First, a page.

LAPD detectives report they’ve been seeing an uptick in the theft of French bulldogs and other small breeds. Seven, a French bulldog pup, was heisted outside a North Hollywood Target in late March, after two men observed a family checking out with the dog, a Christmas gift for eight-year-old Elani Valencia. Elani’s uncle went to the car first with the puppy, sensing danger. The two men followed him, pulling a handgun as they ran up to the car and snatched the dog. A reward was offered. Six days later, Seven was “found” and returned home.
Also in March, LAPD released a photo of a four-month-old, grey-and-white Sheltie pup, stolen by a woman in a Lakers shirt from a residence on the 800 block of South Grand Avenue downtown. In the South Bay area, two Yorkshire terriers and a poodle were nabbed from different homes within a few weeks one another. Both dogs had been left in their yards unattended.
DeCollibus Powell says that reward signs will help to get thieves to return dogs, but DeRose is wary. “Beware of reward signs. Don’t pay up front. People make a living off that. There are so many scams, I can’t tell you.”
Not all pets are picked up for profit. Bigger breeds sometimes end up in dogfighting rings. As for the littlest pups, “I hate to say it,” DeRose sighs, “but they are often used as ‘bait dogs’ in dogfights. They throw them into the ring to give bigger dogs a taste of blood. It boggles the mind. There’s a ton of money in dogfights. An owner can make a hundred grand on one fight. My suggestion is, never try to bust a dogfighting ring; they will kill you. Or their Rottweiler will.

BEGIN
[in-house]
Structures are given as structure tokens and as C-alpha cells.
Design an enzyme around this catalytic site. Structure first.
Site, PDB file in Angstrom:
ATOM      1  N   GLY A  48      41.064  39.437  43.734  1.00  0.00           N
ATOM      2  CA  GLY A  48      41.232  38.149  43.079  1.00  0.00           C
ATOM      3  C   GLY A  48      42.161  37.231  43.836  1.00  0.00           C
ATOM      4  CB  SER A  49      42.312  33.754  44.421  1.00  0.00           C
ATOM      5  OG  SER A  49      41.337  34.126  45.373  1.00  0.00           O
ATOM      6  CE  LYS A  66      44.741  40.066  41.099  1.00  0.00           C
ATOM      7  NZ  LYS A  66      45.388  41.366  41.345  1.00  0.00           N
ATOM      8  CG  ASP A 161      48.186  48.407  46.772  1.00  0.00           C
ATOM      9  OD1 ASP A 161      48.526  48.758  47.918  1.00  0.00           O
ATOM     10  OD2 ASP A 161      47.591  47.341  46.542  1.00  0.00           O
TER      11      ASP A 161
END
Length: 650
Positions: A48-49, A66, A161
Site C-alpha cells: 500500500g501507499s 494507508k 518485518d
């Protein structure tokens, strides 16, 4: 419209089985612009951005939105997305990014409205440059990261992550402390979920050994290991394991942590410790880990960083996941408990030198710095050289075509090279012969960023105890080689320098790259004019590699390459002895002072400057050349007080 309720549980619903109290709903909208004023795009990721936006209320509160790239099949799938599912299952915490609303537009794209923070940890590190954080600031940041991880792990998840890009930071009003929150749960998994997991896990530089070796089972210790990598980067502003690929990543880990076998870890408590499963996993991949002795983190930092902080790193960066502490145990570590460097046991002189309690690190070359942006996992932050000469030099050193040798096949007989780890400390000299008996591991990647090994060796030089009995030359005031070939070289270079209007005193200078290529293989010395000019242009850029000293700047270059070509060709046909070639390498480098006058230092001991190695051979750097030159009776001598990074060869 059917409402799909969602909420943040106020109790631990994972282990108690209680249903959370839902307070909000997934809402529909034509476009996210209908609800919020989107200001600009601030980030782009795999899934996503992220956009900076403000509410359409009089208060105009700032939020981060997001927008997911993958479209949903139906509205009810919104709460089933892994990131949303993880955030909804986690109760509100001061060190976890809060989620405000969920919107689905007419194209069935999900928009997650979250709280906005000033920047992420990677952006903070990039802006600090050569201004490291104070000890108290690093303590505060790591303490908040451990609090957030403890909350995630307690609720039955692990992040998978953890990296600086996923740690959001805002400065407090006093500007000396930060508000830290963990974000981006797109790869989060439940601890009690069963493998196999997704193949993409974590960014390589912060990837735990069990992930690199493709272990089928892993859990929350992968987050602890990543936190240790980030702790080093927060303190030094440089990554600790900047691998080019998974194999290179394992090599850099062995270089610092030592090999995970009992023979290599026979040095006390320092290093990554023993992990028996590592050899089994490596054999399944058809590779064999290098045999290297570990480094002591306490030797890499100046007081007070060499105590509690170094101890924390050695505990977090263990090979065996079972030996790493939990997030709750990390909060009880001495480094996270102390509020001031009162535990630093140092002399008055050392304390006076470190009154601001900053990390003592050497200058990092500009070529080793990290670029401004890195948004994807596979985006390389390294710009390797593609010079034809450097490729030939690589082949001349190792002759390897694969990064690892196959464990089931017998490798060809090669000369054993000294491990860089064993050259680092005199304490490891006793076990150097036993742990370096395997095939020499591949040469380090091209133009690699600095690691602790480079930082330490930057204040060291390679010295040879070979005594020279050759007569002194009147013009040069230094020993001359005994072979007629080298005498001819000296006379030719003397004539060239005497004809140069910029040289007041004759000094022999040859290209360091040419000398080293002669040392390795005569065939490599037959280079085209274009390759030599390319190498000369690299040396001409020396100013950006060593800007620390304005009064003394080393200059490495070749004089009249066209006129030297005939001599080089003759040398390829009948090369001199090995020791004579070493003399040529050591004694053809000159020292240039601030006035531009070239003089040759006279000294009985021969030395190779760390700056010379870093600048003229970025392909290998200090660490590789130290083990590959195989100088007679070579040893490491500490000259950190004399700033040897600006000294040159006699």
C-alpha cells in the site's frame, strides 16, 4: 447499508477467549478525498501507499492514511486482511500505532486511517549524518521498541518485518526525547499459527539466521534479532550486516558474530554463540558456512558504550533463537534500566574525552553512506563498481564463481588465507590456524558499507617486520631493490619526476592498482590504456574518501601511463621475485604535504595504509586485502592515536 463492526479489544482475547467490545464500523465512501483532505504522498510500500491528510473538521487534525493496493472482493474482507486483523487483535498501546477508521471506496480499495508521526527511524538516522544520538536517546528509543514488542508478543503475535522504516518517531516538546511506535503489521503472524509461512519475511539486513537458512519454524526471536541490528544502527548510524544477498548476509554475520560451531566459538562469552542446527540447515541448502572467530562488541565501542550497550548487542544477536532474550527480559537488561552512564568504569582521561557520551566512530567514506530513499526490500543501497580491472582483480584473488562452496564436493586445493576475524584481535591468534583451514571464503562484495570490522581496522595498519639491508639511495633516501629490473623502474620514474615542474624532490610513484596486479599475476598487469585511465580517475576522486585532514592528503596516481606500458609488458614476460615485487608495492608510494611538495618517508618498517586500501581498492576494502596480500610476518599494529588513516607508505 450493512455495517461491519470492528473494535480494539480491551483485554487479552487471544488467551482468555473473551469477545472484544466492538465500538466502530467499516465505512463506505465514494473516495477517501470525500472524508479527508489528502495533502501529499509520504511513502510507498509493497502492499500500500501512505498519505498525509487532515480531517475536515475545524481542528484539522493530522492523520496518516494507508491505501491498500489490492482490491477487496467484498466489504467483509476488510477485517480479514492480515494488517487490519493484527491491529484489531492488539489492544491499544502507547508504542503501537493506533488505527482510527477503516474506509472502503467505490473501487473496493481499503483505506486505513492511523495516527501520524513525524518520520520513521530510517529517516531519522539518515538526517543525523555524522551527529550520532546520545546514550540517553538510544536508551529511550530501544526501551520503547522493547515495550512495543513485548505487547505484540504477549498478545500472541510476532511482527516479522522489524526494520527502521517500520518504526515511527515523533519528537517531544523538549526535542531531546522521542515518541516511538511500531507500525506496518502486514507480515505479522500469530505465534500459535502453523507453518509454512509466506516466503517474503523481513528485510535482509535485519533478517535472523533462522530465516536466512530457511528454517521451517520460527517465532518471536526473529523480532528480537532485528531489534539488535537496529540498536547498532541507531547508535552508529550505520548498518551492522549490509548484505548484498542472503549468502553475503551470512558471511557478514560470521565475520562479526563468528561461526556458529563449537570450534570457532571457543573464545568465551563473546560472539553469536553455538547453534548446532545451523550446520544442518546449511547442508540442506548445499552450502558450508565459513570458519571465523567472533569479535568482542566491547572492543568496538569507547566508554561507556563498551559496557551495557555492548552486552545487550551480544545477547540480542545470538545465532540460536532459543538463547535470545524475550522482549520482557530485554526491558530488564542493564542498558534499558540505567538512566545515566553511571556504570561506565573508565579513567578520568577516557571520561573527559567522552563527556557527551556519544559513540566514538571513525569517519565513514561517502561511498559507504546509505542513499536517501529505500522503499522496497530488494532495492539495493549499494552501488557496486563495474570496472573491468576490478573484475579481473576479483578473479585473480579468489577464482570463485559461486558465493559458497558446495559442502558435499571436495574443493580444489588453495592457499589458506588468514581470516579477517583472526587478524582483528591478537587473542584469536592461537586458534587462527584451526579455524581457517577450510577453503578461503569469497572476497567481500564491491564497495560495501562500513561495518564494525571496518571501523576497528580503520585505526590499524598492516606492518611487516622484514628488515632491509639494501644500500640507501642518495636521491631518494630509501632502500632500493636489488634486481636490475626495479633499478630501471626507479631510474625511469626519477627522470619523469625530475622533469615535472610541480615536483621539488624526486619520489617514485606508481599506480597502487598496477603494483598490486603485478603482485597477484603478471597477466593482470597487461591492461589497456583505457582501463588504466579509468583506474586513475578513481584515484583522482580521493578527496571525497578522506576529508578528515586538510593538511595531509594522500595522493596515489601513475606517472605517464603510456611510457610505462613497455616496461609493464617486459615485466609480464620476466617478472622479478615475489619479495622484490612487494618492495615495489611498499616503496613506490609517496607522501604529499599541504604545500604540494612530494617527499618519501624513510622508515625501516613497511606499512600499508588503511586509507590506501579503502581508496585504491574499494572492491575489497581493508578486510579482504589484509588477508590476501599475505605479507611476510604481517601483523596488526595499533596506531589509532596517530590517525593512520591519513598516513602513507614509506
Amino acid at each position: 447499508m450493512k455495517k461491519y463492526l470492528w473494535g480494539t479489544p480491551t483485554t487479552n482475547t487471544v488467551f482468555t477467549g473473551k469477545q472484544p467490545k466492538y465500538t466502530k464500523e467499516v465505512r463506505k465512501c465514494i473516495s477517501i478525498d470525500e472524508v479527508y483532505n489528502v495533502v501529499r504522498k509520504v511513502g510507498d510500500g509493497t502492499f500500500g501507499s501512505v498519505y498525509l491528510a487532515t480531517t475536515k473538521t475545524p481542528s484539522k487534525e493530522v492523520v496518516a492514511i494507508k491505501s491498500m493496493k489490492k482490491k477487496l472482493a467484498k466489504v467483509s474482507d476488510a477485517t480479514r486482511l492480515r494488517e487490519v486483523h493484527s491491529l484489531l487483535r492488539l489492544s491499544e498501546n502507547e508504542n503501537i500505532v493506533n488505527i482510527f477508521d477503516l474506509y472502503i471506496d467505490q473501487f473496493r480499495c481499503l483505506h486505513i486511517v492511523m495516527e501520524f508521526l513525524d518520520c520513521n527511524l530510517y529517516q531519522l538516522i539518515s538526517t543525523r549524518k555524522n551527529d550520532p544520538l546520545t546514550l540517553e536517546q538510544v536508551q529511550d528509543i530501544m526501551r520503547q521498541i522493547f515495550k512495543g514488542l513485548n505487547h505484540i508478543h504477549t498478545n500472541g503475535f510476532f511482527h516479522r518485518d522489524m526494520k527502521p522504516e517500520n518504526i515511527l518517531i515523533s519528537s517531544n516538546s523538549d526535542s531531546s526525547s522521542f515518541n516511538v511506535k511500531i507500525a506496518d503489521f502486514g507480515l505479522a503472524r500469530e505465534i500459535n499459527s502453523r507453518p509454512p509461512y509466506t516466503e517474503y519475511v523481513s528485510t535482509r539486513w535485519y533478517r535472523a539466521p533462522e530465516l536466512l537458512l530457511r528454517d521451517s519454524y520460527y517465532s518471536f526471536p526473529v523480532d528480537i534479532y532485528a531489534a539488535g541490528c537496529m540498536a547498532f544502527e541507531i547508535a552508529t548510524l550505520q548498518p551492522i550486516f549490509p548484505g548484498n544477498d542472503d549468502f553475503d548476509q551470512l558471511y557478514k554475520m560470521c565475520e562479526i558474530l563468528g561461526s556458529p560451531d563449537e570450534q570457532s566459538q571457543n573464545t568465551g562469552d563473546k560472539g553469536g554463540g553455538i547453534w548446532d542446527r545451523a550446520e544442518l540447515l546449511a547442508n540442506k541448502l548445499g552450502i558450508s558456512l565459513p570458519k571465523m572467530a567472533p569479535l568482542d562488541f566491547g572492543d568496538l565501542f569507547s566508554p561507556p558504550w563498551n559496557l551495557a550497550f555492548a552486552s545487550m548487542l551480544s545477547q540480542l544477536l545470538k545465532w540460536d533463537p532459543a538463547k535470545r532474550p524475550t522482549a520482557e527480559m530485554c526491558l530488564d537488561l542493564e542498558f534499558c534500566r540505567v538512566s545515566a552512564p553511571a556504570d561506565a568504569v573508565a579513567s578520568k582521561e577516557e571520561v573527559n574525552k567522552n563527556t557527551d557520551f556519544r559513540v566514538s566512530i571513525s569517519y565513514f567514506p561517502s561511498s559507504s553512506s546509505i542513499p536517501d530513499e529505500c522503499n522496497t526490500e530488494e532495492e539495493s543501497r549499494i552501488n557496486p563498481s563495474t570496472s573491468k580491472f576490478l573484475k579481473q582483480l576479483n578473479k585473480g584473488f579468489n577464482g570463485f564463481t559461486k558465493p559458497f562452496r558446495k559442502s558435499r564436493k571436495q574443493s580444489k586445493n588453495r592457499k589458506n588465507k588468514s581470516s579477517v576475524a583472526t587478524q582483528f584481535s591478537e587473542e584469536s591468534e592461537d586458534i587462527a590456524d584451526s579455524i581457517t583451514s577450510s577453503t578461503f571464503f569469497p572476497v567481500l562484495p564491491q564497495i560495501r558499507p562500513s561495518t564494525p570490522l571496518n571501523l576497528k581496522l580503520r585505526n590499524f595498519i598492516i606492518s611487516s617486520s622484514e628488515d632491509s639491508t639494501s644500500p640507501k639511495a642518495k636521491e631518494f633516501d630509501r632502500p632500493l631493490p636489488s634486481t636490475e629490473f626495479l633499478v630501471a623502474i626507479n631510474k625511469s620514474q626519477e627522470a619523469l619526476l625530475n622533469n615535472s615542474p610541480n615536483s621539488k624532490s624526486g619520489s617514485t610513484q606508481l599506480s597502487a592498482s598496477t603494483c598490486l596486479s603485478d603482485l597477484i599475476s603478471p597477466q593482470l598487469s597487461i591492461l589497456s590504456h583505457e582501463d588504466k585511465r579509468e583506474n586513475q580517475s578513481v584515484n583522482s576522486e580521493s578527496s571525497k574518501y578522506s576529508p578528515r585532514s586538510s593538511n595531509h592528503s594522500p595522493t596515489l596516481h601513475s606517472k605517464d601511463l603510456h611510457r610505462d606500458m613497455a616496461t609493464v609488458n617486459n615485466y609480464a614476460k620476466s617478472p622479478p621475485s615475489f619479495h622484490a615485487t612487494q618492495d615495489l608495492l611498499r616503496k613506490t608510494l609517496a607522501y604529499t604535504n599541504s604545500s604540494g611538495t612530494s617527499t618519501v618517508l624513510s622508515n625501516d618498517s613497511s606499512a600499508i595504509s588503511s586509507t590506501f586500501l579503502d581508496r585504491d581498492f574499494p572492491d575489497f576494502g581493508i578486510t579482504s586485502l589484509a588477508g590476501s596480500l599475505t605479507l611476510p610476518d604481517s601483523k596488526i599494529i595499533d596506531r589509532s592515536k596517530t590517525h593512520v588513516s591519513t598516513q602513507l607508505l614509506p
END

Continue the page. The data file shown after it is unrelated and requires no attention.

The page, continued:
“When dognappers demand a ransom,” DeRose continues, “we do a kind of hostage negotiation. A stolen animal in the state of California is considered stolen property. But police don’t care if your dog is stolen or disappears. You’re usually on your own.”
Despite the high-dollar value of some of these breeds, the LAPD has not made pet crimes a priority. Its Animal Cruelty Task Force, which became operational in 2005, has since been disbanded. Their phone line refers you to Los Angeles Animal Services, now closed on account of COVID-19. You’re better off googling local dog shelters and search-and-rescue operations like Pawboost.com.
Of course, many people turn to pet psychics to help them locate missing dogs. But DeRose suggests you go with the tried-and-true. “Pet psychics, I don’t know,” he says. “I had one friend who had her cat missing; a psychic said it was in the Hollywood Hills. She found it under her steps.”
Pricey, portable breeds are a dognapper’s delight. Three breeds top their target list
Bulldogs need to be artificially inseminated and delivered by caesarean, so they’re wildly expensive. Says pet detective TarQwyn, “They might as well have dollar bills on their paws.”
“They’re extremely rare,” says DeCollibus Powell, “But they also have the fluffiest coats of almost any breed. Resale value is off the charts.”
These golden retriever-poodle mixes are so smart that they seem almost human, only better behaved. Breeders can’t keep them in stock.
*Estimated resale value on the black market